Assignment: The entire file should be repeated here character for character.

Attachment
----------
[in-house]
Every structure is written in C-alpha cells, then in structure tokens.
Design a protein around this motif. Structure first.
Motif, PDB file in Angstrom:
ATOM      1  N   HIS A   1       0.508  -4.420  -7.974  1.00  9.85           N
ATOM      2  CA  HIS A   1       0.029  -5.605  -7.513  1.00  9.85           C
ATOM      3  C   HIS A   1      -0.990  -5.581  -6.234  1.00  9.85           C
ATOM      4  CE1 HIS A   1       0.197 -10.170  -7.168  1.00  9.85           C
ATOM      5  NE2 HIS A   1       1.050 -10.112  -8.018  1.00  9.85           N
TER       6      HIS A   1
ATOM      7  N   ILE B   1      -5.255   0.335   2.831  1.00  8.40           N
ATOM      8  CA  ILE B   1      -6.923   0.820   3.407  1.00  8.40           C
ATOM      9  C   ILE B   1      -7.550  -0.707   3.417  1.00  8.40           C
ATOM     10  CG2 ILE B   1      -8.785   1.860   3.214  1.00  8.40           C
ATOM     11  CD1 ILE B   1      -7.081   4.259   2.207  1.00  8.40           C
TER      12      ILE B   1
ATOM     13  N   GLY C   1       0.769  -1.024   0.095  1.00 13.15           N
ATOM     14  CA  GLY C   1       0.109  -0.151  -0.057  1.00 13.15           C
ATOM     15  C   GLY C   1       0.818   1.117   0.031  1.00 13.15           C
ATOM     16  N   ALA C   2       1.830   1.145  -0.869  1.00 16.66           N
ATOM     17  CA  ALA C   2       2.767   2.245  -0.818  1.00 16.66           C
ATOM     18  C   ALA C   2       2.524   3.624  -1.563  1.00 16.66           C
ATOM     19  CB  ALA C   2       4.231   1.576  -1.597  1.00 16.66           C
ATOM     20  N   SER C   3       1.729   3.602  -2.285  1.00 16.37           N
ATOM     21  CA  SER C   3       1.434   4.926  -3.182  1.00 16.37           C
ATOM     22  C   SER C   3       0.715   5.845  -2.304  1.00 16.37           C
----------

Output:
[in-house]
Every structure is written in C-alpha cells, then in structure tokens.
Design a protein around this motif. Structure first.
Motif, PDB file in Angstrom:
ATOM      1  N   HIS A   1       0.508  -4.420  -7.974  1.00  9.85           N
ATOM      2  CA  HIS A   1       0.029  -5.605  -7.513  1.00  9.85           C
ATOM      3  C   HIS A   1      -0.990  -5.581  -6.234  1.00  9.85           C
ATOM      4  CE1 HIS A   1       0.197 -10.170  -7.168  1.00  9.85           C
ATOM      5  NE2 HIS A   1       1.050 -10.112  -8.018  1.00  9.85           N
TER       6      HIS A   1
ATOM      7  N   ILE B   1      -5.255   0.335   2.831  1.00  8.40           N
ATOM      8  CA  ILE B   1      -6.923   0.820   3.407  1.00  8.40           C
ATOM      9  C   ILE B   1      -7.550  -0.707   3.417  1.00  8.40           C
ATOM     10  CG2 ILE B   1      -8.785   1.860   3.214  1.00  8.40           C
ATOM     11  CD1 ILE B   1      -7.081   4.259   2.207  1.00  8.40           C
TER      12      ILE B   1
ATOM     13  N   GLY C   1       0.769  -1.024   0.095  1.00 13.15           N
ATOM     14  CA  GLY C   1       0.109  -0.151  -0.057  1.00 13.15           C
ATOM     15  C   GLY C   1       0.818   1.117   0.031  1.00 13.15           C
ATOM     16  N   ALA C   2       1.830   1.145  -0.869  1.00 16.66           N
ATOM     17  CA  ALA C   2       2.767   2.245  -0.818  1.00 16.66           C
ATOM     18  C   ALA C   2       2.524   3.624  -1.563  1.00 16.66           C
ATOM     19  CB  ALA C   2       4.231   1.576  -1.597  1.00 16.66           C
ATOM     20  N   SER C   3       1.729   3.602  -2.285  1.00 16.37           N
ATOM     21  CA  SER C   3       1.434   4.926  -3.182  1.00 16.37           C
ATOM     22  C   SER C   3       0.715   5.845  -2.304  1.00 16.37           C